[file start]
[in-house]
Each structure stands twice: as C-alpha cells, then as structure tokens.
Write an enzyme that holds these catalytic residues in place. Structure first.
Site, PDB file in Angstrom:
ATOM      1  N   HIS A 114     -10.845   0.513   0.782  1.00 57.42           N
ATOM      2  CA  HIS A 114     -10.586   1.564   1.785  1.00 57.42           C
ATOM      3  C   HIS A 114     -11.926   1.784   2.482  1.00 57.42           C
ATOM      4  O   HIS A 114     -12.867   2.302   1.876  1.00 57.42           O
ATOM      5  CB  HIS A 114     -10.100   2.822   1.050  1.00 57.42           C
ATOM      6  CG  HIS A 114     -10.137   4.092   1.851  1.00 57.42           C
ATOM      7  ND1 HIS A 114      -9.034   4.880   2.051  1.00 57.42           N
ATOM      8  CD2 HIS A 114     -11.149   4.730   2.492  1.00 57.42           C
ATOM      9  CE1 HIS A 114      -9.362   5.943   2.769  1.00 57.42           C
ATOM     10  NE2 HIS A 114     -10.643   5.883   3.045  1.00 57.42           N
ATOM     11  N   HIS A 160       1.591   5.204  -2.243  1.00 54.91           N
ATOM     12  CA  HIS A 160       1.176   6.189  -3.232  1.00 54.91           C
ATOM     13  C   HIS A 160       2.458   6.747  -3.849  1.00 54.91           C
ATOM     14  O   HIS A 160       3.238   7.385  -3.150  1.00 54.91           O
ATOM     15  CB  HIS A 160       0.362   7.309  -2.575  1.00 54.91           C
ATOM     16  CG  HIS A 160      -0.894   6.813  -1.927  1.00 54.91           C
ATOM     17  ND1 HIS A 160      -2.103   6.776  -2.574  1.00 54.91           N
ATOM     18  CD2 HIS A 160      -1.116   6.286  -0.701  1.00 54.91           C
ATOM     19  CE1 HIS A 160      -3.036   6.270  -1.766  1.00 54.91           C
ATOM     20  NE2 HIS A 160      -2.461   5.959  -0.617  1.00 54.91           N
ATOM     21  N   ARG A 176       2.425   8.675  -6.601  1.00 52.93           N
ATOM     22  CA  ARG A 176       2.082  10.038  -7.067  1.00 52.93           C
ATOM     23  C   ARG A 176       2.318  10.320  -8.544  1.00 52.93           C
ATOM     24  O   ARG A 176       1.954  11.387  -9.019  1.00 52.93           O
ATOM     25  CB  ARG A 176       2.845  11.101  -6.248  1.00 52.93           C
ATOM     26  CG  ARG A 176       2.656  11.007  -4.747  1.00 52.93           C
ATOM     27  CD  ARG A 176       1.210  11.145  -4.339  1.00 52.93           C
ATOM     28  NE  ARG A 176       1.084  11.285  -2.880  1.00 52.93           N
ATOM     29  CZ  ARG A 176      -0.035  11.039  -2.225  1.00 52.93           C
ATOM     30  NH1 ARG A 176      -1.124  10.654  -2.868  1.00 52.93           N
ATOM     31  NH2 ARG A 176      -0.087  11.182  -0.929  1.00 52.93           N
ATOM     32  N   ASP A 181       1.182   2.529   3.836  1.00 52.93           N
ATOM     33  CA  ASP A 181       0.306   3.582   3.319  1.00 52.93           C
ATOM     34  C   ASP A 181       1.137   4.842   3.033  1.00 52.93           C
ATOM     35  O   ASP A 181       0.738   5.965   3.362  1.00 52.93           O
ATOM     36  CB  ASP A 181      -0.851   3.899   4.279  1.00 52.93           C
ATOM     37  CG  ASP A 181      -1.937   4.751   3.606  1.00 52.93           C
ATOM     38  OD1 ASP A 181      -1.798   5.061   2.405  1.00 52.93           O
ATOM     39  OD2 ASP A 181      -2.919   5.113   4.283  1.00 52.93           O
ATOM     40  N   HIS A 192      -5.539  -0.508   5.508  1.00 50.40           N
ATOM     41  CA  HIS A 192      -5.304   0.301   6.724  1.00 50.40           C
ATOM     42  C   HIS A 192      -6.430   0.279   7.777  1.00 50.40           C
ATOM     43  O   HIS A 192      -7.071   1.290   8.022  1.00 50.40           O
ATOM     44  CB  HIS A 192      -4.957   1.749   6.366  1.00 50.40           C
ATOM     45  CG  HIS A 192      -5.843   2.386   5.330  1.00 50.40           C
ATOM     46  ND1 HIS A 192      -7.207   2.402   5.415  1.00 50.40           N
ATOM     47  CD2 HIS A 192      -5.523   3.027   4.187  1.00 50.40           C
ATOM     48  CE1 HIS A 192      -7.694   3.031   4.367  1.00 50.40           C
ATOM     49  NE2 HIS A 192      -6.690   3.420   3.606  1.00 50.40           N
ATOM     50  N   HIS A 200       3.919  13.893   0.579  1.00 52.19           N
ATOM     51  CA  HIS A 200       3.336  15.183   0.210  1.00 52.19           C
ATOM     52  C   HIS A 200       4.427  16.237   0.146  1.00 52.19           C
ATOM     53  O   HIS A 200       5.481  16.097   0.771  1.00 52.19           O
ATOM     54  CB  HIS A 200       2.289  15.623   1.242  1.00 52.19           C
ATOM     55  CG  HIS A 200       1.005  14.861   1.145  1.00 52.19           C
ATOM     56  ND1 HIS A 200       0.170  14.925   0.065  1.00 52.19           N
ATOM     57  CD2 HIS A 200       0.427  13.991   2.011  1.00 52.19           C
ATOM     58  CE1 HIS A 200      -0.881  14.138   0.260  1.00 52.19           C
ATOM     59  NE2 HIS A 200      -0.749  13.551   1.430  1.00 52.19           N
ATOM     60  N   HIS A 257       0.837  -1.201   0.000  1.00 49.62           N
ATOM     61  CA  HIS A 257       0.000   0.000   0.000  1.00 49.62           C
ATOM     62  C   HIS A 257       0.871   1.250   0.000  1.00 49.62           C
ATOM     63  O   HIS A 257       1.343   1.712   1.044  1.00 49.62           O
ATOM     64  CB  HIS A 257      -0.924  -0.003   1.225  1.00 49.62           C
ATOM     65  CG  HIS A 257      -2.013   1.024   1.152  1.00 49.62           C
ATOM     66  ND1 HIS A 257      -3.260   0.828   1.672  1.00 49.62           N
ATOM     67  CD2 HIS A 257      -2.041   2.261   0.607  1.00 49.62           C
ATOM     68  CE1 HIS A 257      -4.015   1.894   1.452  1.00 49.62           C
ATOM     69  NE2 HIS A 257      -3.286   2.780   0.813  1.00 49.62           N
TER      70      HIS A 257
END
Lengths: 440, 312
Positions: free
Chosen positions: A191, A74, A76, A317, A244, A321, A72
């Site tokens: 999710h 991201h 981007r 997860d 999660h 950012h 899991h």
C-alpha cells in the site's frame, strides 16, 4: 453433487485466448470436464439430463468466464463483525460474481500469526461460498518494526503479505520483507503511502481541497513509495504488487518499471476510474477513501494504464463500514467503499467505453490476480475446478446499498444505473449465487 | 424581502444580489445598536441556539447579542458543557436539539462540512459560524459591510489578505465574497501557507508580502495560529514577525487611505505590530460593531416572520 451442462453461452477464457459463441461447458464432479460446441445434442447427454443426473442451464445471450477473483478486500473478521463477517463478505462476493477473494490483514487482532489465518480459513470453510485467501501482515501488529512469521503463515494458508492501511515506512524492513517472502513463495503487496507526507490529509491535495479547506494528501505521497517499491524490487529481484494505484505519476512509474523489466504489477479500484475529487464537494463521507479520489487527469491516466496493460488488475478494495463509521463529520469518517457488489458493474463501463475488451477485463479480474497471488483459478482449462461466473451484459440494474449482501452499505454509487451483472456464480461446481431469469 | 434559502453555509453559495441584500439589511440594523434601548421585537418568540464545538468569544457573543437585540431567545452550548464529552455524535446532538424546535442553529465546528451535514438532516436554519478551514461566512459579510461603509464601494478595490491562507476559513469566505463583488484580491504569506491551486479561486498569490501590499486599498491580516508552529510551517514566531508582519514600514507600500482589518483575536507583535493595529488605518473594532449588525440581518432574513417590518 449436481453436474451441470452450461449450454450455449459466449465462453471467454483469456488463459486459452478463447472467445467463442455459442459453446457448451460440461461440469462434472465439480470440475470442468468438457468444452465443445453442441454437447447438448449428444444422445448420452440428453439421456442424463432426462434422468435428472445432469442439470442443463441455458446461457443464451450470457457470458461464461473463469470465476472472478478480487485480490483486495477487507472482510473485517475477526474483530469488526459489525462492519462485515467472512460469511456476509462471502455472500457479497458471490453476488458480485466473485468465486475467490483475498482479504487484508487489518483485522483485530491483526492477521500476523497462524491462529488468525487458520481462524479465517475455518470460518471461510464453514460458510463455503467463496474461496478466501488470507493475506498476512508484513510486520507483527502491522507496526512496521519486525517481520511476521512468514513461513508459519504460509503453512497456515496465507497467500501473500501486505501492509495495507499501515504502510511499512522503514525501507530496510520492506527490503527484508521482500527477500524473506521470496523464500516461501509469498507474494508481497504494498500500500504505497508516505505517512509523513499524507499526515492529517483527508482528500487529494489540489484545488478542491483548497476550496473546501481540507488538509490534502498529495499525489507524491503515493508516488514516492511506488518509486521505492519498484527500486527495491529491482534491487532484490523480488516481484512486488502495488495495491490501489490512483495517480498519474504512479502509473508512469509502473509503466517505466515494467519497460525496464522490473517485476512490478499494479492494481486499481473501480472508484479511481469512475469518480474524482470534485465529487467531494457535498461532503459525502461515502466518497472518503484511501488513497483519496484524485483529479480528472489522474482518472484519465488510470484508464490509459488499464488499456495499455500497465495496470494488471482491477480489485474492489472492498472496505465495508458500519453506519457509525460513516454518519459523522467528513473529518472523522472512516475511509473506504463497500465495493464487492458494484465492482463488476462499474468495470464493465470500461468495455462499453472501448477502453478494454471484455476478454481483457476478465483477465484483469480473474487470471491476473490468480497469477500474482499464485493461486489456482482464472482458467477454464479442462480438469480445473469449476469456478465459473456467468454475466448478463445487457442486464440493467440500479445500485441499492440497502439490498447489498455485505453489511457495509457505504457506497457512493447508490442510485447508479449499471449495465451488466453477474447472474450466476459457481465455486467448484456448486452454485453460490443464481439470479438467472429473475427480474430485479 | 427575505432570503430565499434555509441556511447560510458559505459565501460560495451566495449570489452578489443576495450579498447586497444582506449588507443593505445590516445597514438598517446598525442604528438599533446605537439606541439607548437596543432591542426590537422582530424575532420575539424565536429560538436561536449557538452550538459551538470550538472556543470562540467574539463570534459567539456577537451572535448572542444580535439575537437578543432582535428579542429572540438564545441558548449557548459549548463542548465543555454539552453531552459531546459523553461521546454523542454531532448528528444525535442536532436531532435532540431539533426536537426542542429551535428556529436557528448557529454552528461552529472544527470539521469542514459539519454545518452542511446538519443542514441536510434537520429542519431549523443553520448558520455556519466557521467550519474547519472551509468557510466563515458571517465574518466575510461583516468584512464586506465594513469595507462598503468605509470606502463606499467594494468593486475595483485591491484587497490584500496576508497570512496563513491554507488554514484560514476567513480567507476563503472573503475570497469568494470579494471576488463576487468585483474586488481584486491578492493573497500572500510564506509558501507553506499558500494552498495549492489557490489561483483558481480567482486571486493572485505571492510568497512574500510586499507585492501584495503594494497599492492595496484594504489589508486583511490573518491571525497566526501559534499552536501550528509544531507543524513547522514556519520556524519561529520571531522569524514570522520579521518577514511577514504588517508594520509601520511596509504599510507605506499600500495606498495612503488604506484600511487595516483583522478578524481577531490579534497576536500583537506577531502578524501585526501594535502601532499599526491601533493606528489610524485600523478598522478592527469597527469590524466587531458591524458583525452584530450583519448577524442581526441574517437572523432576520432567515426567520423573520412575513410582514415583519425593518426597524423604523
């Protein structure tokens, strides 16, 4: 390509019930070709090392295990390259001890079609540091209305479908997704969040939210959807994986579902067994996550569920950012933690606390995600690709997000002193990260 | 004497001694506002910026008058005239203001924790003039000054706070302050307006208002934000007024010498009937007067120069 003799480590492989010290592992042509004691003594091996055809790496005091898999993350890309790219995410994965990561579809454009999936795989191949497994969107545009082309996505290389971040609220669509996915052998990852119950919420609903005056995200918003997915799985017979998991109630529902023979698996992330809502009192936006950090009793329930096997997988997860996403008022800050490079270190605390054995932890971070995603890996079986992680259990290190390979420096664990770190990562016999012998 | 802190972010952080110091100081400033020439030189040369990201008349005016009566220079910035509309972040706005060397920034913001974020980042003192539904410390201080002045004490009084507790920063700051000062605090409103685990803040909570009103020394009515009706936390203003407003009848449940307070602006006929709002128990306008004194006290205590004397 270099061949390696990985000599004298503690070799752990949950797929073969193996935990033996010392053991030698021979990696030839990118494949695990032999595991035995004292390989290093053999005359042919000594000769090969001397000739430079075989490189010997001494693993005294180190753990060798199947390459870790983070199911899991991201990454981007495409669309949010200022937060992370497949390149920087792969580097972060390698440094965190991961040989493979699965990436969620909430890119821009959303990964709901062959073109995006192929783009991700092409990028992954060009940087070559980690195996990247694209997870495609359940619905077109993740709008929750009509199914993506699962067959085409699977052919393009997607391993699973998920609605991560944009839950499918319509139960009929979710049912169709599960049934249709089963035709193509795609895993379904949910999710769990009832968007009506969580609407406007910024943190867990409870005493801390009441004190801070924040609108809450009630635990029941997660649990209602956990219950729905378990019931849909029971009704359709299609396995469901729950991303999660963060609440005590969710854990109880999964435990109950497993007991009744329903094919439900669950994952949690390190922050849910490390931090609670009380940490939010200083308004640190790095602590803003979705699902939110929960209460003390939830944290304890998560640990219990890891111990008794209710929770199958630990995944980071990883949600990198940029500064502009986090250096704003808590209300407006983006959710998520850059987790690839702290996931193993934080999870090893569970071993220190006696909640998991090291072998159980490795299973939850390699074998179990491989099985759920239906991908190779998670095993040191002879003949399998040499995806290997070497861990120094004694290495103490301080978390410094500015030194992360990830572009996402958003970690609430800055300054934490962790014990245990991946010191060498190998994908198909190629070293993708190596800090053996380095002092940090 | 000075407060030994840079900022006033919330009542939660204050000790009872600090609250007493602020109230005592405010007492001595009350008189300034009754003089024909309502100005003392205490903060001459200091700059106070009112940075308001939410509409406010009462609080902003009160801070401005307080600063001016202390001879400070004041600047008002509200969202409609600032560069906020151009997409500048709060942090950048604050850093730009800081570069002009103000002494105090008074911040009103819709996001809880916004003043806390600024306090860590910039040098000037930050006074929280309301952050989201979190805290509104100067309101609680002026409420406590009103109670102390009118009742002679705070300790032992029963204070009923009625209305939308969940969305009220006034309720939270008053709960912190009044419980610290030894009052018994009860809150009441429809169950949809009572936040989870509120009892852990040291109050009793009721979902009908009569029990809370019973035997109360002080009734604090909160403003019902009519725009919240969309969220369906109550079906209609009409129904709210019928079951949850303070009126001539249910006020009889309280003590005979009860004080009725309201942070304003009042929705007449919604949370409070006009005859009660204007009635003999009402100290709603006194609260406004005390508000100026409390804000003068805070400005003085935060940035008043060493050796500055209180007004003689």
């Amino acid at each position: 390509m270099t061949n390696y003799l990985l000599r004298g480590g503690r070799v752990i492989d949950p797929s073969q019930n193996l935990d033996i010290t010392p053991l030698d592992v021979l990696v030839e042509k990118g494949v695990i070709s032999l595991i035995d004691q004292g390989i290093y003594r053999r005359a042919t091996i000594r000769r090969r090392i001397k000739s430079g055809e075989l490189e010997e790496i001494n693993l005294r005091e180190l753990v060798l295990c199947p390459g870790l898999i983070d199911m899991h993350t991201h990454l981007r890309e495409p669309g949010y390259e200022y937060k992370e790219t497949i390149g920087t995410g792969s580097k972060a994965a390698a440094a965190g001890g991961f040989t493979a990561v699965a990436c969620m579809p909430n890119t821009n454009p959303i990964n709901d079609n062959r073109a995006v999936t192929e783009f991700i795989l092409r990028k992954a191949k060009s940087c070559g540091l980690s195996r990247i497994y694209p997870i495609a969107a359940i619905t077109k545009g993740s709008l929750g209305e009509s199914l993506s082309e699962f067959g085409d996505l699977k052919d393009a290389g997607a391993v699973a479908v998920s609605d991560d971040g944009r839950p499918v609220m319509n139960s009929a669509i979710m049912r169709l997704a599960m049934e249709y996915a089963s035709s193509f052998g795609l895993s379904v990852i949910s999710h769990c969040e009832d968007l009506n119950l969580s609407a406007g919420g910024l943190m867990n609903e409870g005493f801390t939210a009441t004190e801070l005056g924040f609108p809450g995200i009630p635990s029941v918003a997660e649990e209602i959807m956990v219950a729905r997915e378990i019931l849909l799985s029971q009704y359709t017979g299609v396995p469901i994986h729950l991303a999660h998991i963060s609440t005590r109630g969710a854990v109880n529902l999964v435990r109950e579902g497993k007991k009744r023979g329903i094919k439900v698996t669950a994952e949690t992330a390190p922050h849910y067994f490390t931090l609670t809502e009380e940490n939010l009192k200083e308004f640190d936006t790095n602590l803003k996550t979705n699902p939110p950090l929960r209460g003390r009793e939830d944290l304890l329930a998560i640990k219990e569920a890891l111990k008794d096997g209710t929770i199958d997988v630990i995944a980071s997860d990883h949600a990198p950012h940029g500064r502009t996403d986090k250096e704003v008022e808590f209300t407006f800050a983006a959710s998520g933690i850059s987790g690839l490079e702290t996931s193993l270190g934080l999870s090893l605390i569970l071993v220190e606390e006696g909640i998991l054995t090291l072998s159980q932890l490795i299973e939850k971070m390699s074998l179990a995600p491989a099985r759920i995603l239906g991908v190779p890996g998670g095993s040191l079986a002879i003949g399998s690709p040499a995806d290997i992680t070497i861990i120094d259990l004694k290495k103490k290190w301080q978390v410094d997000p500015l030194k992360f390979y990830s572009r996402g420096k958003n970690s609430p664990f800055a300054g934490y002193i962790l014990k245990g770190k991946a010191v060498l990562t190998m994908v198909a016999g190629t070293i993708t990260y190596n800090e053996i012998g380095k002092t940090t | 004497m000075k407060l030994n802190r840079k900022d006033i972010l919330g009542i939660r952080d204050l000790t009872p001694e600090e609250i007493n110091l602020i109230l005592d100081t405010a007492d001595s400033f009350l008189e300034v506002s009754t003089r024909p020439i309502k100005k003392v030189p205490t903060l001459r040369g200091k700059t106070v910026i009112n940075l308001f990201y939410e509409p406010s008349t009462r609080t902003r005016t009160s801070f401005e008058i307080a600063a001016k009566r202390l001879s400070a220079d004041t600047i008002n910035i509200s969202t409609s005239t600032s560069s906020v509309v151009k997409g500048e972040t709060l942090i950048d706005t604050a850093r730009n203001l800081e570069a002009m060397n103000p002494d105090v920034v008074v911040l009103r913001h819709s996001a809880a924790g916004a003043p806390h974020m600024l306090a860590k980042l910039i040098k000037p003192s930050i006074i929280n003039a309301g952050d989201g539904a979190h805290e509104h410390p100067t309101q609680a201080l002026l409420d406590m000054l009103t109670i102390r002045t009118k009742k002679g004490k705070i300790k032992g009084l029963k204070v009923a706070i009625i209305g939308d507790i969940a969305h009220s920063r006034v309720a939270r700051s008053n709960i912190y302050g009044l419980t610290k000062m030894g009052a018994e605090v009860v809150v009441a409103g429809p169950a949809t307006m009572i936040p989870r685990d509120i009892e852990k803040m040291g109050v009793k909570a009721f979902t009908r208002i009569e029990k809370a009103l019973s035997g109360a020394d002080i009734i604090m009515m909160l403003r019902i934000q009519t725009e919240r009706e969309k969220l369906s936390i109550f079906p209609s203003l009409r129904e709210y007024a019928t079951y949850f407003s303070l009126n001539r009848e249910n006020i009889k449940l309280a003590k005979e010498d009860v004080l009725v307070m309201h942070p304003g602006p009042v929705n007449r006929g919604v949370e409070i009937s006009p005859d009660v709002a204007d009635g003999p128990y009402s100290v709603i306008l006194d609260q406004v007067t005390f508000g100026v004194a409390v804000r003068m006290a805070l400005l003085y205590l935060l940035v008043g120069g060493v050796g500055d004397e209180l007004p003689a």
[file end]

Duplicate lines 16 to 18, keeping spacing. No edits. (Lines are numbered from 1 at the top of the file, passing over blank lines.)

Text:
ATOM     12  CA  HIS A 160       1.176   6.189  -3.232  1.00 54.91           C
ATOM     13  C   HIS A 160       2.458   6.747  -3.849  1.00 54.91           C
ATOM     14  O   HIS A 160       3.238   7.385  -3.150  1.00 54.91           O